Literature and media allowed me to grow up in New York without ever actually being in New York. It started off with “Gossip Girl,” developed with Holden Caulfield and Nick Carraway and is still being shaped by Woody Allen. I catch myself conjuring up a concrete paradise that I travel through in an iconic yellow cab. However, a few days ago, when I found out that Uber cabs are outnumbering yellow cabs 14,088 to 13,587 in New York, according to the Taxi and Limousine Commission, Uber began intervening with my imagination.

Statistically, yellow cabs are still making more trips than Uber cabs. But for my generation, Uber feels like the next new thing that will transcend any taxi in the world. What does that mean? Technological development. Nobody can deny the convenience Uber brings in not having to scramble for change at the bottom of your bag or pocket and being able to get a cab at an exact location in a quick manner. Nonetheless, is technological development worth cultural disappearance?

Yellow cabs are not only functioning taxis that bring one side of New York to another. Yellow cabs are Alvy Singer (of Allen’s “Annie Hall”) not having to drive because he is in New York. Yellow cabs are Travis Bickle (portrayed by Robert De Niro in “Taxi Driver”). Yellow cabs are the ubiquitous element of New York that remind us of its vastness, history and culture. What are we to do when we can’t consider them predominant anymore?

Uber is taking over New York City taxis. PHOTO VIA WIKIPEDIA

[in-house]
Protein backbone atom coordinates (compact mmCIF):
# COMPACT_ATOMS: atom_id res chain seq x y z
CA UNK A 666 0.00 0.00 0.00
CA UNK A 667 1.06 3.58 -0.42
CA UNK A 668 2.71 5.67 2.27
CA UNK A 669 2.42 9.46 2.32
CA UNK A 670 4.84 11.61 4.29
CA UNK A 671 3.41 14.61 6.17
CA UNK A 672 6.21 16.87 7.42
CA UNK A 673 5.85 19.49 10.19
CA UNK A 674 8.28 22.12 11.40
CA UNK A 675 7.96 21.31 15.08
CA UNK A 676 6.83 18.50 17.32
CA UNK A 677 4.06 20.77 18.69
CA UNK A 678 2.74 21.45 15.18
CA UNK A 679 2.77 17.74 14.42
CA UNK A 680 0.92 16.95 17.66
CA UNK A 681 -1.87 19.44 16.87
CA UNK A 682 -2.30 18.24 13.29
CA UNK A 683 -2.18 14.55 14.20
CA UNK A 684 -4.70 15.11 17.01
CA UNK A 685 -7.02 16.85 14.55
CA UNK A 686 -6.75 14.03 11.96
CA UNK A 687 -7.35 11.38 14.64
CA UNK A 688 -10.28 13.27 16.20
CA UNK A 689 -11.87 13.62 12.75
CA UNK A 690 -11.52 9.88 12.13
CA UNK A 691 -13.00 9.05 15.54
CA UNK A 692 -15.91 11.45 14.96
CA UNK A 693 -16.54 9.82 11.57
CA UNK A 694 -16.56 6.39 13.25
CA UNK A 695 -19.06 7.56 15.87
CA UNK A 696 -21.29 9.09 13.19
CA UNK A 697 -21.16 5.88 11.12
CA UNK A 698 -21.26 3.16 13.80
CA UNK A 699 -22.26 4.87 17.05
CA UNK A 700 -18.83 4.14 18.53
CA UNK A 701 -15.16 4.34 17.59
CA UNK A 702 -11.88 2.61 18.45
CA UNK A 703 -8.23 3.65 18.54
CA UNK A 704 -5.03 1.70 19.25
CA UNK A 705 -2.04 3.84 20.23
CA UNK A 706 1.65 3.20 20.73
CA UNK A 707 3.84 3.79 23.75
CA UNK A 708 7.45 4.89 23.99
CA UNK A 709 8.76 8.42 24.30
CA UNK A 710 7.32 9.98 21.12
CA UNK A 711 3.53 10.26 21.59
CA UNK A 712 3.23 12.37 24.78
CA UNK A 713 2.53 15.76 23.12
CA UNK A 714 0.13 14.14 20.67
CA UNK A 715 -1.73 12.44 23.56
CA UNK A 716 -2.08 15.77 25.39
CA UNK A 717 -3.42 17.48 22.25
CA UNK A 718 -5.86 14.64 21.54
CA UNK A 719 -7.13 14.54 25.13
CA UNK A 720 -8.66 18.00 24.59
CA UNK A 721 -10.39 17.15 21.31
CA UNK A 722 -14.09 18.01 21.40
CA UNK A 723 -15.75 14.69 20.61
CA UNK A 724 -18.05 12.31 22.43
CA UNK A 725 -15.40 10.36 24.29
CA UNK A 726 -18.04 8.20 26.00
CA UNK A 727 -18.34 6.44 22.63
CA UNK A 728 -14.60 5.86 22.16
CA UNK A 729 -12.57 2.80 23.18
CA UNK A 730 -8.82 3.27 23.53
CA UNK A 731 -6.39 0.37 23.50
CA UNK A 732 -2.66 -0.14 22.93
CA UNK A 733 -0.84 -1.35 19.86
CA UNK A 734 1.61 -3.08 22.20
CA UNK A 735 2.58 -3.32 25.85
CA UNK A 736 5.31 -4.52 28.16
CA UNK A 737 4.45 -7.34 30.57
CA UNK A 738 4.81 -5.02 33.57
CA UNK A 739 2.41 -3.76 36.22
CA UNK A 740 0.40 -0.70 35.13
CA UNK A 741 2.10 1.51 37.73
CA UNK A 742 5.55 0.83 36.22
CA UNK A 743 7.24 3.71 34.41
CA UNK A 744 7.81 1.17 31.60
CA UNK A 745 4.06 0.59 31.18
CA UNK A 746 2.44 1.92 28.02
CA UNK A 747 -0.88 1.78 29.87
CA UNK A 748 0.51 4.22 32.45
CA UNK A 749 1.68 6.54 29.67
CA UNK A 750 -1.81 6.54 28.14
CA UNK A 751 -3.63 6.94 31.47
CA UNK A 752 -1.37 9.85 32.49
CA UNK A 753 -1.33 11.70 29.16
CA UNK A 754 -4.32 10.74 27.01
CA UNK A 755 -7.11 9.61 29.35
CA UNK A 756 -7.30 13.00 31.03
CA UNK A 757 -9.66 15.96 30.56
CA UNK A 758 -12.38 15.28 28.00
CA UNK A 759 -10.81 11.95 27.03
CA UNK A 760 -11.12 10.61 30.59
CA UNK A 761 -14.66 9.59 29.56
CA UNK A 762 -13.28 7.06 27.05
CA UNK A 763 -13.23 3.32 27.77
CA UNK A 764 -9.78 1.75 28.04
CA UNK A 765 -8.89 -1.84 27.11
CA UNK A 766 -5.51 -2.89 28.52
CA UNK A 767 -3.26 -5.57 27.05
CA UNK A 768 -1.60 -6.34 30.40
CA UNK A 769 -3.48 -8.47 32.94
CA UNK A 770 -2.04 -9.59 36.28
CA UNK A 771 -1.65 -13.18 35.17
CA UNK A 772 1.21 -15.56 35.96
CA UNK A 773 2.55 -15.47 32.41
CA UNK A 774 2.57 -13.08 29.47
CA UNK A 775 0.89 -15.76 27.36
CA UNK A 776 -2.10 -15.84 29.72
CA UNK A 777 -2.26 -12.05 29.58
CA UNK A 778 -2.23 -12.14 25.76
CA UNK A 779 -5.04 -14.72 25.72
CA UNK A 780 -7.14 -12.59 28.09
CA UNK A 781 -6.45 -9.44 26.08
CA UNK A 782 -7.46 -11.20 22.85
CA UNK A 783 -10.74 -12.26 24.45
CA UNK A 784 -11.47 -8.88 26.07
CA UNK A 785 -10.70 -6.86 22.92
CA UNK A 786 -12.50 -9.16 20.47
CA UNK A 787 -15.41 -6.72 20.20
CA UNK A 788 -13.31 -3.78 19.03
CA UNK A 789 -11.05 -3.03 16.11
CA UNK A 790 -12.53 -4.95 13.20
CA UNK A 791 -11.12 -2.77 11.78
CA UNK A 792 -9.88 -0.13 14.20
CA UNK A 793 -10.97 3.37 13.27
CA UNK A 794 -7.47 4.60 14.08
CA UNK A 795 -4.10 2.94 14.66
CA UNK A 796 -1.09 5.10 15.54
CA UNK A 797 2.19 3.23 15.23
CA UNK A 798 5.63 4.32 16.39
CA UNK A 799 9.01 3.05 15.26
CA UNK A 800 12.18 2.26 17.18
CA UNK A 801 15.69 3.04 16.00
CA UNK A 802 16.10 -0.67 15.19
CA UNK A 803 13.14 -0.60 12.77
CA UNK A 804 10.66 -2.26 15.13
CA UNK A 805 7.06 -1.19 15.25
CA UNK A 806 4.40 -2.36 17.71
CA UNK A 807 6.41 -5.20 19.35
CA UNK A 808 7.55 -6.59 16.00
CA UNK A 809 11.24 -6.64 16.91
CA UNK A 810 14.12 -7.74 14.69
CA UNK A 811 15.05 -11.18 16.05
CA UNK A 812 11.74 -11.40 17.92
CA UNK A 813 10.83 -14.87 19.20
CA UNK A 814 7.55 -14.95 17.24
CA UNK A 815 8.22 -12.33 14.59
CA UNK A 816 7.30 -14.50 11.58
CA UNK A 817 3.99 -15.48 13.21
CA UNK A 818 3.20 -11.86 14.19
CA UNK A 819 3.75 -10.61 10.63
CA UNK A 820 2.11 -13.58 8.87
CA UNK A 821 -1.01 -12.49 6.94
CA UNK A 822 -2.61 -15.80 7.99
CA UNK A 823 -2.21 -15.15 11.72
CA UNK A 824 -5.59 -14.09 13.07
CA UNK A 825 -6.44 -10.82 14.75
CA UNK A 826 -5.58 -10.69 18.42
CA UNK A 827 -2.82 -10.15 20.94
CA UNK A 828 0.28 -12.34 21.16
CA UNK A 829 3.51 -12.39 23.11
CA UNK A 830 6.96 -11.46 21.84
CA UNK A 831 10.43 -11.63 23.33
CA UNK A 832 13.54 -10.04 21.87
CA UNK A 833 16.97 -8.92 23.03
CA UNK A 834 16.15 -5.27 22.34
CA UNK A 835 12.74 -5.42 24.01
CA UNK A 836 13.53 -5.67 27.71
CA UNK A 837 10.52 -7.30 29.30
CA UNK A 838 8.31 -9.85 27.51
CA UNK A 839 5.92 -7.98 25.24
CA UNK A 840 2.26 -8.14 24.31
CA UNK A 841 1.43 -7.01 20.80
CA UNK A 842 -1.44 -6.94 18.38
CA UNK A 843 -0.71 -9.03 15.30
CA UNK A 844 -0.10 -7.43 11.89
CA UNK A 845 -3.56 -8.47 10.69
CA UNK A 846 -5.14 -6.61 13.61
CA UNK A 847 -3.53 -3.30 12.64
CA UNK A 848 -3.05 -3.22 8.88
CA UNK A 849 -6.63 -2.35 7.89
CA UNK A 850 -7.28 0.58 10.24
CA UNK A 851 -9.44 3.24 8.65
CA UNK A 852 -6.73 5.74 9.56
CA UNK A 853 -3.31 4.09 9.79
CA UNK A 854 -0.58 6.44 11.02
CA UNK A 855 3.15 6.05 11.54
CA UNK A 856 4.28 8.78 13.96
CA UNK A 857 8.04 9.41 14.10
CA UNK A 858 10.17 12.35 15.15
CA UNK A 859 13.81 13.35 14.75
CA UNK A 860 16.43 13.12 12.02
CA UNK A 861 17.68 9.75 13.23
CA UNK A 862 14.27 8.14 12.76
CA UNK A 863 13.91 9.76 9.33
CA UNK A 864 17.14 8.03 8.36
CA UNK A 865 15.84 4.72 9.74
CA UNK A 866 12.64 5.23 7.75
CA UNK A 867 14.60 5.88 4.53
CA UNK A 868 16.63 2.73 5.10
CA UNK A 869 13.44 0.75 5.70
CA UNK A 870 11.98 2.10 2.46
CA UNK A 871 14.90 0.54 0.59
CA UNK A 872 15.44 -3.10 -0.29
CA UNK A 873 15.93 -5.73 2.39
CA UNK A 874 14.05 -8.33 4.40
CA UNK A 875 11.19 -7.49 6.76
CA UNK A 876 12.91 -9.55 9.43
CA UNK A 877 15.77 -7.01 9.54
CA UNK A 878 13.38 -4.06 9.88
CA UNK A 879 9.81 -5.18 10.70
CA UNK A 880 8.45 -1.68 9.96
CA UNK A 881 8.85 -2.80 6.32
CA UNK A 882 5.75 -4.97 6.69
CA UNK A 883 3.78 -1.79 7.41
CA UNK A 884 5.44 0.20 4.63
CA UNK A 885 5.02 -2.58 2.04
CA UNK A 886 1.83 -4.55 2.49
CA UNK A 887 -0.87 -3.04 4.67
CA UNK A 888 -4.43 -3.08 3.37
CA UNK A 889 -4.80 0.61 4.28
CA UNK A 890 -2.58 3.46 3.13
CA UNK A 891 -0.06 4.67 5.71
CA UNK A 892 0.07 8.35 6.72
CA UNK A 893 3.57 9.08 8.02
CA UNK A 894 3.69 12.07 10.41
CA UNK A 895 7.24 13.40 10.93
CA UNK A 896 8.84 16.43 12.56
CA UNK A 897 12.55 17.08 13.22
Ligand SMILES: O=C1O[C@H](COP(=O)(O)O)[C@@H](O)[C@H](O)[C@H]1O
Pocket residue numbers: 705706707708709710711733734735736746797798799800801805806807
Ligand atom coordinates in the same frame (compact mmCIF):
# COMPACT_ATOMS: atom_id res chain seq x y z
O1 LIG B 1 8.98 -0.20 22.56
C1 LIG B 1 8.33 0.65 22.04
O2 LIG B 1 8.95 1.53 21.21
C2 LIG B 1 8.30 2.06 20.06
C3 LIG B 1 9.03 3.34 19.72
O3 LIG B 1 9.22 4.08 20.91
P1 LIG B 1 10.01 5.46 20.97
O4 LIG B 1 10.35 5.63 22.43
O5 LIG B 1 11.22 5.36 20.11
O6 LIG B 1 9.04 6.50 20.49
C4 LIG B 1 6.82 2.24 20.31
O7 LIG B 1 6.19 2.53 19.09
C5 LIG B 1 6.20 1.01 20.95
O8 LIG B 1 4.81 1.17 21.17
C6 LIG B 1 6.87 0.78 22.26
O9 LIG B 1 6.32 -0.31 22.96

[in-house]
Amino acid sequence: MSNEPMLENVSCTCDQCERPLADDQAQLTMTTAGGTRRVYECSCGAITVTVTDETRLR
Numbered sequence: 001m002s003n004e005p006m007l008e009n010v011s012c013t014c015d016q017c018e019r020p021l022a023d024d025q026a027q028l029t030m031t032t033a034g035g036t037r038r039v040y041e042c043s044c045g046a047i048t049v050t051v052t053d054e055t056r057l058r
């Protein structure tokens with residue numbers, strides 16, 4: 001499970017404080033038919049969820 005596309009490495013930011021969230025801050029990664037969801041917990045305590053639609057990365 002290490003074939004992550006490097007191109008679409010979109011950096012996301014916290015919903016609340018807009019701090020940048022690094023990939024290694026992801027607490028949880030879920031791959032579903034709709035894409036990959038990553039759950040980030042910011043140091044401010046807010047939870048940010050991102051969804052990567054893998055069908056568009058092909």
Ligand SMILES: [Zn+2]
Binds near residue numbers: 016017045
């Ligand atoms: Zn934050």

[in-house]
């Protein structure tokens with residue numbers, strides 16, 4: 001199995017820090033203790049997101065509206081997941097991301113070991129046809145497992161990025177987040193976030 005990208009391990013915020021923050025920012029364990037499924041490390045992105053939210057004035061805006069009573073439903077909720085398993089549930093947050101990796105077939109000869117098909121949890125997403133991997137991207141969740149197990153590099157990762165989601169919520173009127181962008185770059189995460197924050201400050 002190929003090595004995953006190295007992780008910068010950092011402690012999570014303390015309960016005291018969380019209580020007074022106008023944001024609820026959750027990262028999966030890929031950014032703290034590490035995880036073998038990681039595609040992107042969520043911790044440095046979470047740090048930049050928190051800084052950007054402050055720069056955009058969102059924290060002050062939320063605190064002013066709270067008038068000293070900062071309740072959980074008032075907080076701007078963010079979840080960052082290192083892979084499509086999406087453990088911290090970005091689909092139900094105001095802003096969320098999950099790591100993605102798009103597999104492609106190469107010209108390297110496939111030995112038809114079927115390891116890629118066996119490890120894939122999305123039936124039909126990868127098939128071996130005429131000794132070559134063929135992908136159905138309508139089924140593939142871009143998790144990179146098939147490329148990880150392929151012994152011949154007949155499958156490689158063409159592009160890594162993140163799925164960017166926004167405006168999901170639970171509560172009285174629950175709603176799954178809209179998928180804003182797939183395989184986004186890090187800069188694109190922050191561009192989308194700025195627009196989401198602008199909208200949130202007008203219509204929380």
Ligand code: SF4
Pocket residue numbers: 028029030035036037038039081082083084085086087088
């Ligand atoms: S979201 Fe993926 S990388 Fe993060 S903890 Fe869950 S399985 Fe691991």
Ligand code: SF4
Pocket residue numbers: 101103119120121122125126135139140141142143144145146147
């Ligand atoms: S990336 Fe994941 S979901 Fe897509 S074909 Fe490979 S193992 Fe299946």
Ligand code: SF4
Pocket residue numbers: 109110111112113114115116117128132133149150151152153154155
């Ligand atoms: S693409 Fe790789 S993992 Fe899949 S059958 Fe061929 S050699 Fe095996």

Uber is taking over New York taxis. PHOTO VIA WIKIPEDIA

We should realize the negative side effect of technology in this sense. There is a homogenization that has arisen in the technological era, and it is causing the disappearance of something symbolic to understanding and recognizing an iconic city. Is being able to call a cab in a second worth the inability to hail one anymore? Is being glued to our phones as we wait for a taxi worth not taking our eyes off a screen to actually see the real world? I do not think so.

While I can objectively appreciate the convenience and practicality of Uber, I cannot help but worry. This increase in the number of Uber cabs only marks one step toward the imminent future ahead of us: a world controlled by our phones. We can call cabs in them and transfer money to others through them via apps such as Venmo. Everything is abstract, and we never concretely feel the money we have spent as we pay it back to someone. We never concretely feel the pleasure and gratitude we get in sitting in a cab after standing in the rain hoping to be warm again. Because of this little device, we never feel the little things in life.

I use technology as much as everyone else — this is a blog post, after all — but I do not want us to reach a point where we cannot appreciate the richness of the world around us. I want the ability to take my eyes off Instagram long enough to see a parade on the streets. I want the ability to stop watching Netflix long enough to see a play in the park. When I visit New York, I want to channel my inner Blair Waldorf, hail a cab and look out the window thinking of how many stories that particular cab has helped create, or how many it has been a part of. I want the yellow cabs to remain and be appreciated because I need an element of history and “the olden days” in order to remain in a continuously new and developing world.